Tag Archive for words

Presupposition#11: Behavior is the highest quality information available

When listening to what a person says, pay attention to their behavior as well. Behavior tells the true story. Have you ever heard the sentiment: “action speaks louder than words?”

I’ve have had many people come to me when they are having issues in their relationships. Many times (more than I can count) I have to convince them that I can’t change the person they are talking about… but I can help them change what’s not working specifically for them… and who knows, that might change the way the other person in their relationship is acting.

I remember this story I heard once from a husband. He would go around his house shutting off lights. Every time he would walk into a room he would get more and more incensed about how much money was being wasted on electricity, and then shut the light.

His wife would walk into a room and think, how gloomy is this room, open the light and then walk out of the room. This went on for many years until, the husband got curious about the actions of the wife and asked, what does the light in the room mean to the wife. She told him that a room with light was happy, so she liked to walk into happy rooms.

So he had a choice to make, does he want his wife to be happy or does he want to save on electricity? Now he has choice, but the behavior provided the highest quality of information… it’s up to you to find out what the behavior means. Most likely it is quite important.

Tracy Joy founder of NLP VancouverTracy Joy is an NLP practitioner, author, and speaker in Vancouver, Canada. She is an international business expert in the area of human systems analysis and thinking change. If you have brain questions, send them Tracy and she’ll answer them on this blog. She can be reached through www.TherapeuticNLP.com

Part 2: Do you know your strongest sense? How do you use this information in sales?

When you are in sales, you are playing the numbers game. Everyone you meet could be a potential customer or know a potential customer. Based on your speech patterns, the more someone feels comfortable with you the more someone will want to tell others about you and your conversations or will want to buy from you.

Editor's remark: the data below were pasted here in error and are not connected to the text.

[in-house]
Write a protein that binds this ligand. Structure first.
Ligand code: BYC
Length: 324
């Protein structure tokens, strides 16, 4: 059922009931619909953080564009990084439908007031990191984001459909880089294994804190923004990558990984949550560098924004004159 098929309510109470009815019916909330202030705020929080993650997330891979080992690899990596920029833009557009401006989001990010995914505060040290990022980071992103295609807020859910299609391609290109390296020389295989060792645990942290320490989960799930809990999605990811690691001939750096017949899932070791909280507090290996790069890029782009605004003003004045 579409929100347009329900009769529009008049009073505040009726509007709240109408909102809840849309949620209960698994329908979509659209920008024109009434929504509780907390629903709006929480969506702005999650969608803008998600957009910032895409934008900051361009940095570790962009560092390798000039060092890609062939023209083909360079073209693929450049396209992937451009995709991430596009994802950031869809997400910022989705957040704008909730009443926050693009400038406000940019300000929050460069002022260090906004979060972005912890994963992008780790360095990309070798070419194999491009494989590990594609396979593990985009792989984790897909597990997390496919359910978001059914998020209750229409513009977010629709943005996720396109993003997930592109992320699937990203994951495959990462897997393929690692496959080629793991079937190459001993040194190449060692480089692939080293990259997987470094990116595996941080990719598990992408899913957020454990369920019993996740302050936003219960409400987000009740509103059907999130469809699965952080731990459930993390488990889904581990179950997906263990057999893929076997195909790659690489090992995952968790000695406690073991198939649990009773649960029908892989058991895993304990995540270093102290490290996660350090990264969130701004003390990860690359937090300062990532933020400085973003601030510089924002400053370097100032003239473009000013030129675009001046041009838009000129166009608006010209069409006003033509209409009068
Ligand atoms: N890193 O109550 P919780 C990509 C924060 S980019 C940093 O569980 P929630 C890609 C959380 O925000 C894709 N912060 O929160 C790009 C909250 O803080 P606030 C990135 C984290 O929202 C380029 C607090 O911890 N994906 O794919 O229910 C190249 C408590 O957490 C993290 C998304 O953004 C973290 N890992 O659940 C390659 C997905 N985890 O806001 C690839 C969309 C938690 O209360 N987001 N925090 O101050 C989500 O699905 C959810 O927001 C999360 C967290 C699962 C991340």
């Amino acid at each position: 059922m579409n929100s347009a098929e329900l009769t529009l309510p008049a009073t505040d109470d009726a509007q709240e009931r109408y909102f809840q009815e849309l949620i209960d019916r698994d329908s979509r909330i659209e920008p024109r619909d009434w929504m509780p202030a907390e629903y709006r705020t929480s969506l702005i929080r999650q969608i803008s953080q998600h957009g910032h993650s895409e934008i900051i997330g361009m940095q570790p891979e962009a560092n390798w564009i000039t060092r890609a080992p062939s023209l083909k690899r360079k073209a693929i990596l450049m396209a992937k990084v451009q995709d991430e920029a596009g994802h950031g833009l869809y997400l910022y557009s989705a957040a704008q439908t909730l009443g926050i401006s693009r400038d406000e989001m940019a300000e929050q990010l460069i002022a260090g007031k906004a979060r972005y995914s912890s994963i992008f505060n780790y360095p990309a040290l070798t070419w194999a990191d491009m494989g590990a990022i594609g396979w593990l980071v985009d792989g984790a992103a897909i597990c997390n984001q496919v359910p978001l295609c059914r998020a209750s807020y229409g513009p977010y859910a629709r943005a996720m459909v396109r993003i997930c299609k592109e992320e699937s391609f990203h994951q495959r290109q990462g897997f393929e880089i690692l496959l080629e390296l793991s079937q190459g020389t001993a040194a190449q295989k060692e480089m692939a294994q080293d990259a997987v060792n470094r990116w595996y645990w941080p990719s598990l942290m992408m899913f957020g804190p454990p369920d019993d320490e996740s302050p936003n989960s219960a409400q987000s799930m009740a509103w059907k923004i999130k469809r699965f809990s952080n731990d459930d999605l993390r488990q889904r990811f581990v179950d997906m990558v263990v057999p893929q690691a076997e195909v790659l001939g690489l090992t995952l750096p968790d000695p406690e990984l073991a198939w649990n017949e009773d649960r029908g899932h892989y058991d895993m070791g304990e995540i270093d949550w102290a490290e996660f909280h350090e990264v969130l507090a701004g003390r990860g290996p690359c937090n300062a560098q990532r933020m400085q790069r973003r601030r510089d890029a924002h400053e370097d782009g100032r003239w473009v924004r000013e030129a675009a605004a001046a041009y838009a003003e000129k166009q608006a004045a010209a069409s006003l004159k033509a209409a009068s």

To do that, you want to mirror them as much as much as possible. If you are mirroring someone, you want to mirror their gestures back to them, their body posture, their breathing and the exact words they use (i.e.: the word “success” is not the same as the word “successful”.). One of the things you can do is listen for in their words and actions in their preferred sense.

Their preferred sense shows up in the predicates they use… so words like: see, view, and look are visual predicates. Words like: tactile, texture, emote, are feeling predicates and words like:  sound, music, hear, advise, are auditory predicates…etc…

In your conversations with others they move their eyes as well as their face to process information. Unless they have a brain injury, the person is lying, or they were taught to never lose eye contact with a person while talking, a person that is primarily visual will look up, above the horizon maybe to the right or to the left many times through your conversation… but mostly their eye positioning when accessing information while speaking to you will look up towards the ceiling. When someone is looking at you over their glasses they are looking at the visual spectrum and trying to avoid receiving feelings from you.

If a person is primarily auditory, they will look side to side. I have friend who turns his whole head from side to side just to maintain eye contact with the person he’s talking to. An auditory person mainly looks shifty eyed. Their gaze when accessing information is along the horizon or their ear line and a little bit lower (like 15% grade)

A feeling dominant person will mostly gaze down well below the horizon or where their ears are. Their posture will follow their eyes. They could also look directly at you and shake their knee or fidget with their hands… that’s also a feeling person processing a feeling.

If a person is smell oriented you will see their nose scrunch and twist as they process information.

If a person is taste oriented you will see their mouth chew.